What causes dim headlights?

Dimming headlights commonly caused by burnt bulbs, cloudy or oxidized lenses, loose connections or a faulty headlight switch

Dim headlights can be caused by a few different things, ranging from simple fixes to more complex issues. Here are the most common culprits:

Burnt-out bulbs: This is the most common reason for dim headlights. The headlight bulb, like regular halogen bulbs, has a lifespan and eventually burns out. If one or both headlights seem significantly dimmer than usual, replacing the bulb(s) is likely the solution.

Cloudy or oxidized lenses: Headlight lenses are typically made of plastic, which can become cloudy or oxidized over time due to exposure to sunlight and the elements. This clouding reduces the amount of light that can pass through, making the headlights appear dimmer, even if you use LED bulbs. Typically this isolates a faulty headlight, so you'll notice brighter headlights on the rear and front, with only one being faulty.

Loose or corroded electrical connections: Headlights are similar to traditional incandescent bulbs in having wires and requiring proper power. So, issues in the wires and connections will affect the light output. The wiring harness that powers the headlights or other electrical components can become loose or corroded over time, leading to decreased power and dimmer lights. The "battery warning" light might also appear depending on the damage's location.

Alternator is overcharging and providing too much voltage due to a faulty voltage regulator, resulting in burned connections and burning plastic smells

Dimming caused by other electrical issues: In some cases, dim headlights can be a symptom of a more serious electrical problem, such as a failing alternator or battery. These issues can also affect other electrical components in your car like power windows.

Headlight switch malfunction: While less common, a malfunctioning headlight switch could also be causing the issue. So, regardless if you use LED or halogen lights, a faulty switch won't allow it to work.

Other possibilities: Depending on your car model, there could be other factors at play, such as worn headlight reflectors, incorrect headlight aiming, rusty headlight assembly, or specific issues with the headlight system itself.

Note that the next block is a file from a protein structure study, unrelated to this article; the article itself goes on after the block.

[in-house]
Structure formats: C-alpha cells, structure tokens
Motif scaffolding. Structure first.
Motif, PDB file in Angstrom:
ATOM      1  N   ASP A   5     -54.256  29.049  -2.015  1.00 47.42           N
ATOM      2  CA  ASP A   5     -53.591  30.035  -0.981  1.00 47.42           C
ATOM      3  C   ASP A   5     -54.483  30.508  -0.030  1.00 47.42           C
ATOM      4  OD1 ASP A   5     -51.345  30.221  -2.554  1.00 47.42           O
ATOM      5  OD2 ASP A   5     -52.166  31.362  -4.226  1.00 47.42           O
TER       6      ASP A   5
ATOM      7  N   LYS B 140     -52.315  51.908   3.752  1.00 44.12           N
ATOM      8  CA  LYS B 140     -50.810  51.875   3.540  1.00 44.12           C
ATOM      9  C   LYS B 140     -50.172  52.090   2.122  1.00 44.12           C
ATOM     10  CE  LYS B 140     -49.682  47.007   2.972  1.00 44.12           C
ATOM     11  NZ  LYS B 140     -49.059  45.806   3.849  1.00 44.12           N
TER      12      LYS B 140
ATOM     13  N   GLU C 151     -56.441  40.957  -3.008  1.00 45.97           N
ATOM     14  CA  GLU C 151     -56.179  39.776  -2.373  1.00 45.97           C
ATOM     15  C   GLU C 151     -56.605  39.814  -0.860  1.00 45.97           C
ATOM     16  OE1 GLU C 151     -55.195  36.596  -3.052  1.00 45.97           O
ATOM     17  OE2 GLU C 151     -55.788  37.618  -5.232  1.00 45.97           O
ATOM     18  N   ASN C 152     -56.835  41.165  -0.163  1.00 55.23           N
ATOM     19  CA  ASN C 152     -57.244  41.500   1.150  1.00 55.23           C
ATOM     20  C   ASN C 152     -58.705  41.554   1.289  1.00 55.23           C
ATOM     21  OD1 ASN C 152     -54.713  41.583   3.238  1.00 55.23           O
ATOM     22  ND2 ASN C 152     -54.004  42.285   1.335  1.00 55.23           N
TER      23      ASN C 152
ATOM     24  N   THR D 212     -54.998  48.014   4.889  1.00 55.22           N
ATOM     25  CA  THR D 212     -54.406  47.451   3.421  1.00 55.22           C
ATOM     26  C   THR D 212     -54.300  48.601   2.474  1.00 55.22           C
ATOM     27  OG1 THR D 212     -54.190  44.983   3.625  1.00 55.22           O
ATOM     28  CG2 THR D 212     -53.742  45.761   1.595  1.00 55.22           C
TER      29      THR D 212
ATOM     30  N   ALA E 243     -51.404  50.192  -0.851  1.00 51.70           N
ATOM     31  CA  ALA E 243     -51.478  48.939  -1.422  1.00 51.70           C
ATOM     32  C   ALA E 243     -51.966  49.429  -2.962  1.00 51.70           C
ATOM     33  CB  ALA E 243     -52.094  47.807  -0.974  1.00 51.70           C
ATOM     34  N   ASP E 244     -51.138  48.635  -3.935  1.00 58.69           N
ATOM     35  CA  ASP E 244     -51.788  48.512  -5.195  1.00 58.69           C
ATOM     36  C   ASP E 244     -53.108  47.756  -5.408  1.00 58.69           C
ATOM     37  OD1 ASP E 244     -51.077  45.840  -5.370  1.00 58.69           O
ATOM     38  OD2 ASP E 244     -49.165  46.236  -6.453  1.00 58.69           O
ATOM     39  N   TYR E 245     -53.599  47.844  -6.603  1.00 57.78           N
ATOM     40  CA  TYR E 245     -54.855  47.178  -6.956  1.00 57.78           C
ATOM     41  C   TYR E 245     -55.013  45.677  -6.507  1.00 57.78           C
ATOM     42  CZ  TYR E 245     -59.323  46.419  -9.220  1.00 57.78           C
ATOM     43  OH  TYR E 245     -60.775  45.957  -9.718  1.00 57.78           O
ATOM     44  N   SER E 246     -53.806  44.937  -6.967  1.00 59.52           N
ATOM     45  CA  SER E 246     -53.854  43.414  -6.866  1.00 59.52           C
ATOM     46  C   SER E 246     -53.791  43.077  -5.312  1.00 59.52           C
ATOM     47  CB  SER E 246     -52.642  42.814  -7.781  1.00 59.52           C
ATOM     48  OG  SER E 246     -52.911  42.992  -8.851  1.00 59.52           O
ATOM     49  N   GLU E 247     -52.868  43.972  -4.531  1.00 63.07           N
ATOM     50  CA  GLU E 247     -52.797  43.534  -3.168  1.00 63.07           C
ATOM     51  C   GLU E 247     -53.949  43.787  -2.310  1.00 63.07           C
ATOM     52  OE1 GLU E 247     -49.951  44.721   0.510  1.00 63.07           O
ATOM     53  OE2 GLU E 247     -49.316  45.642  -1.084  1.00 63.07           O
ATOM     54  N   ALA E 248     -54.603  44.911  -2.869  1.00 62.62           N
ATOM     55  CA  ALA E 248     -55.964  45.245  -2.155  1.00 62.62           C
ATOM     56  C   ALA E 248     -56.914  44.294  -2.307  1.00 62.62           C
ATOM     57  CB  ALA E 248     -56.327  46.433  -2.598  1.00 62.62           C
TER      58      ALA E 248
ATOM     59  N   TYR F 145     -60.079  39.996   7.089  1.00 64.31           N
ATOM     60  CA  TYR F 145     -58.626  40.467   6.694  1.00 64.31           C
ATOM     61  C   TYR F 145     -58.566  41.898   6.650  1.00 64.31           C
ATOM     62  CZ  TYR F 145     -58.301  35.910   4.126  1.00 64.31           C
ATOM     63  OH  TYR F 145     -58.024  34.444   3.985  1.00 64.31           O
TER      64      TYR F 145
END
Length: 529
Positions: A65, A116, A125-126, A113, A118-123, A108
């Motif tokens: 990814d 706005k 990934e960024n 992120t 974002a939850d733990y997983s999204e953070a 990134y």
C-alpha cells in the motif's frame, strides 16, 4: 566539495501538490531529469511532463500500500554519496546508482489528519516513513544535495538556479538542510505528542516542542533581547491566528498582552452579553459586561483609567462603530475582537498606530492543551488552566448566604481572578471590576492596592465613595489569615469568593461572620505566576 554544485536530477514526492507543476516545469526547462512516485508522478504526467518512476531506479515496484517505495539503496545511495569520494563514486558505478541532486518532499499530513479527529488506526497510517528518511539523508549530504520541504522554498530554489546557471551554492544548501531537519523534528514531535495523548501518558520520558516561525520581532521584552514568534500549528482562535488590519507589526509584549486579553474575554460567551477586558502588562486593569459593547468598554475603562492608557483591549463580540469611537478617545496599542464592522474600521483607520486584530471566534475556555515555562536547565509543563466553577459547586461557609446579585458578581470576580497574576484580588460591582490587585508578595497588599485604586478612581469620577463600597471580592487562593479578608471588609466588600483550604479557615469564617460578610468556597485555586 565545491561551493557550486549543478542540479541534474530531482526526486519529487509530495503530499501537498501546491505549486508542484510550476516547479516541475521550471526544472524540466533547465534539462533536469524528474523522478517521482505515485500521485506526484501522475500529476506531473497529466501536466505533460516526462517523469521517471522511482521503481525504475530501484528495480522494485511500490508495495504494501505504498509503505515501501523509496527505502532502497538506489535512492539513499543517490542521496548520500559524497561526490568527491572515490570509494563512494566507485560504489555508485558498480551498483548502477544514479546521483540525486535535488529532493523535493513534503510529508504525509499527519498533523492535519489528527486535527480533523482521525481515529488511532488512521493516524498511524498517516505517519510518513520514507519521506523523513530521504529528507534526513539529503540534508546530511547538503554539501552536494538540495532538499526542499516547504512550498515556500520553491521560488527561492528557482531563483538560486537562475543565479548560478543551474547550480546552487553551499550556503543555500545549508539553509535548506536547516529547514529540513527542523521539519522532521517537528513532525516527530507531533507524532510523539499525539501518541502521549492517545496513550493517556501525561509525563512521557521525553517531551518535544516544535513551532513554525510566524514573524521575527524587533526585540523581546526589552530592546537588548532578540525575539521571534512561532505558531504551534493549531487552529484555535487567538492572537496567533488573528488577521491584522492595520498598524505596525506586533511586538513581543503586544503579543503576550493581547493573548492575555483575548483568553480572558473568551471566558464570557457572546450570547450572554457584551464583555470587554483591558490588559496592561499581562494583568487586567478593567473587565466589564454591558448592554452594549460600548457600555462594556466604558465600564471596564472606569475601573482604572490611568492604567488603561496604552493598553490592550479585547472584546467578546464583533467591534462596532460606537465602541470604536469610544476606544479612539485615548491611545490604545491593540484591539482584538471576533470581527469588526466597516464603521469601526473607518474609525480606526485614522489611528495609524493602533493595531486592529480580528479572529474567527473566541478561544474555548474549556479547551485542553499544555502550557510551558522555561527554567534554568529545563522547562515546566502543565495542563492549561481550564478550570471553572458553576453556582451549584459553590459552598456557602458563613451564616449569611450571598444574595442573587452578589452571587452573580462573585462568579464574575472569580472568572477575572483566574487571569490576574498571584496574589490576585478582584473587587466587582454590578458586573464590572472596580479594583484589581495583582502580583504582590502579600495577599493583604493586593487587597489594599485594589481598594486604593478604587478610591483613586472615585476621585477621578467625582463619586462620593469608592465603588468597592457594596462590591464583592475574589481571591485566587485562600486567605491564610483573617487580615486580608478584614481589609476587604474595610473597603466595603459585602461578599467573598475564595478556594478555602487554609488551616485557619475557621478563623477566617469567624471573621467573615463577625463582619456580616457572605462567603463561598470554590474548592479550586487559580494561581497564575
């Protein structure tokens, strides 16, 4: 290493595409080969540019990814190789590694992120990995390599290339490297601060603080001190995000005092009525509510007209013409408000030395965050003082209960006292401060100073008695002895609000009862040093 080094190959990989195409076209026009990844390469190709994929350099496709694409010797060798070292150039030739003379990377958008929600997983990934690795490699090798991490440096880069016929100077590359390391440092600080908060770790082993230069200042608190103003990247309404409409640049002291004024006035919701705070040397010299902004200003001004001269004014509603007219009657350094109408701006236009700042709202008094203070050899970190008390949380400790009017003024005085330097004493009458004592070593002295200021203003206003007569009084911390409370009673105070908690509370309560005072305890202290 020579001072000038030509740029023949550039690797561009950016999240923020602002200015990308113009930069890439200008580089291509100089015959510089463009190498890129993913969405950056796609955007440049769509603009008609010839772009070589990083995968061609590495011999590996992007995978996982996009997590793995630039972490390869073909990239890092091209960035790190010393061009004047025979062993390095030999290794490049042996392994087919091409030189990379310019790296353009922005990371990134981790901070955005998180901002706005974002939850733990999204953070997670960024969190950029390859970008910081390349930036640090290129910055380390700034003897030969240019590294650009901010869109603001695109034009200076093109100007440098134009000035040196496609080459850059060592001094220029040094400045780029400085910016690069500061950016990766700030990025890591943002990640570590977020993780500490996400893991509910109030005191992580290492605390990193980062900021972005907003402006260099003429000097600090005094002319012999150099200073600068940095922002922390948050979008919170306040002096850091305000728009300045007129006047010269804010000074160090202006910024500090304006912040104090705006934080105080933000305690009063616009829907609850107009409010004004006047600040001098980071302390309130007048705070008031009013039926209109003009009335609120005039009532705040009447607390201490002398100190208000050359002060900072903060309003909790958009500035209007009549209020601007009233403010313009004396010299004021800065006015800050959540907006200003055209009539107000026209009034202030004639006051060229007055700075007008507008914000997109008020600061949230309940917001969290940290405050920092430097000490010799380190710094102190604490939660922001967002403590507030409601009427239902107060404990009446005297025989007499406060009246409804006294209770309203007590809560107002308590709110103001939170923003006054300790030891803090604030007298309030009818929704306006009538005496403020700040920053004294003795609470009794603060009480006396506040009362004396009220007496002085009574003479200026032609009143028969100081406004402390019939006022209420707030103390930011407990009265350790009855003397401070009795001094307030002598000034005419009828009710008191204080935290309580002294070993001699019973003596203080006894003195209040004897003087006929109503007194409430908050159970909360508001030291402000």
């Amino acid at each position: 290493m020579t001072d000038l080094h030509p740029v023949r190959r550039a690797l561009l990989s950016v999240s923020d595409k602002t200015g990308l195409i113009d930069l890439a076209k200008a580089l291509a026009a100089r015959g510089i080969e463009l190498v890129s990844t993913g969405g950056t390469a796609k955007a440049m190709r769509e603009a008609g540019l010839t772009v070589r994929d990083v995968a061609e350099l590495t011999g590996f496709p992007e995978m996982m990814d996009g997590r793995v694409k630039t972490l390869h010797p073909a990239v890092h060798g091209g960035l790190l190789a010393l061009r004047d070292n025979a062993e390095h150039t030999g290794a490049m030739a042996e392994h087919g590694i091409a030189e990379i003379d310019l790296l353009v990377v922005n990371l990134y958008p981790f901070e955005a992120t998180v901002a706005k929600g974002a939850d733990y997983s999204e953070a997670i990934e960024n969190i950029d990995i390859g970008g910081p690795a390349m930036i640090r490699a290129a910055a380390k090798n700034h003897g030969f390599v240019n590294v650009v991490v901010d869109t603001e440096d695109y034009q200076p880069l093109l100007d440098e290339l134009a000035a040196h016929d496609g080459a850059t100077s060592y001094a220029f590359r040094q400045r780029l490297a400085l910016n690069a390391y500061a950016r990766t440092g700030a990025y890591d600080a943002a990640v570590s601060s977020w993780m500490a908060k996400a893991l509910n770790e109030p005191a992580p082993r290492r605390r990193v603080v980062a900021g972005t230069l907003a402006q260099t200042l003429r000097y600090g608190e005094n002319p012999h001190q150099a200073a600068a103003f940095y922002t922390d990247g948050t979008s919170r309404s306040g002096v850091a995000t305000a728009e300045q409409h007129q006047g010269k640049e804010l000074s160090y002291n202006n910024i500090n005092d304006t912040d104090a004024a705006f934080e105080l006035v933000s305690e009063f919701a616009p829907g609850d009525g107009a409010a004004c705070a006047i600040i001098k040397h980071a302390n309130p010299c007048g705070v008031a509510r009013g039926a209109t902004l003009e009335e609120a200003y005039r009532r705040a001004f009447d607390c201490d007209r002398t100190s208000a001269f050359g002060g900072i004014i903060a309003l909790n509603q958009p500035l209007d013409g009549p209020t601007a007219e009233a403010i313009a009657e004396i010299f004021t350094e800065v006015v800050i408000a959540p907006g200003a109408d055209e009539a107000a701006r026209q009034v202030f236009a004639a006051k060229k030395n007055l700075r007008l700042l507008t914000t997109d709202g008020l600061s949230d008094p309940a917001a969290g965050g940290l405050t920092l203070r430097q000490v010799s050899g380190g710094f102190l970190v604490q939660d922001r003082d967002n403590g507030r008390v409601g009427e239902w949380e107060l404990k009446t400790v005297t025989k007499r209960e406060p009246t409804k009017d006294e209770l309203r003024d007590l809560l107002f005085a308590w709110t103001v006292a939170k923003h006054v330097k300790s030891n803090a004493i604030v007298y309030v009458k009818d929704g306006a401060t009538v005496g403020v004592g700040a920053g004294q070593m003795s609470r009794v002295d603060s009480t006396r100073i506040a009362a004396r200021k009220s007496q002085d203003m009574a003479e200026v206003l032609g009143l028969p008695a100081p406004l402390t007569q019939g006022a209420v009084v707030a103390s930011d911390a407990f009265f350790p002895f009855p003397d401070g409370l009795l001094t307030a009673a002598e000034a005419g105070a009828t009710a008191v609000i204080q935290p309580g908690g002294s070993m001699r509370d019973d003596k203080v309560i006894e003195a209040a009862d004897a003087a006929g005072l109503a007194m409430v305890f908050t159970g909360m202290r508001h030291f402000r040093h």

Why are my headlines still dim after replacing the bulb?

Even if the headlights feature working incandescent bulbs, or LED headlight bulbs, other components from the battery system may be related to the problem. Here's how they can contribute to the issue:


  • Main function: The alternator charges the battery while the engine is running and supplies power to the electrical system. It can develop various issues that affect the alternator belt or other internal components.
  • Signs of a bad alternator:
    • Dimming headlights, especially noticeable at idle or with other electrical loads on.
    • Flickering lights or other electrical components.
    • Warning lights on your dashboard, like the battery light.
    • Difficulty starting the car.
    • Whining or humming noise from the alternator.

Alternator bearing failure causing humming noises from underhood and triggering electrical problems


  • Main function: Car batteries store energy to power the car's electrical systems when the engine is off and supplement the alternator during high electrical demand.
  • Signs of a weak battery:
    • Dimming headlights, even without other electrical loads.
    • Slow engine cranking when starting the car.
    • Electrical malfunctions like flickering lights or radio issues.
    • Warning lights on your dashboard, like the battery light.
    • The car doesn't start in cold weather.

Faulty battery resulting in electrical issues and preventing the car from starting in cold weather

Diagnosing the culprit:

It can be tricky to pinpoint the exact culprit by just the dimmed headlights symptom. Here are some tips to help you:

  • Observe the dimming: Does it happen only at idle, or even while driving? Does it worsen with other electrical loads like the radio or AC?
  • Check the battery: Look for signs of corrosion, swelling, or leakage. You can also get it tested at most auto parts stores or service centers.
  • Monitor other electrical components: Do other electrical systems seem sluggish or malfunctioning?
  • Consider warning lights: Any illuminated warning lights on your dashboard can offer valuable clues.

What to do:

If you're experiencing dim headlights, here are some steps you can take:

  • Visually inspect the headlights: Check for any signs of damage or burnt-out bulbs. You can also look for clouding or yellowing of the lenses.
  • Consult your car's owner's manual: Your manual will often have specific instructions on how to replace headlight bulbs and troubleshoot other headlight problems.
  • Consider visiting a mechanic: If you're not comfortable troubleshooting the issue yourself, or if you suspect a more complex problem, take your car to a qualified mechanic for diagnosis and repair. Fog lights are important for safety and are also affected by this issue, so consider being prompt to repair them. Call a Shop nearby (you can find one here).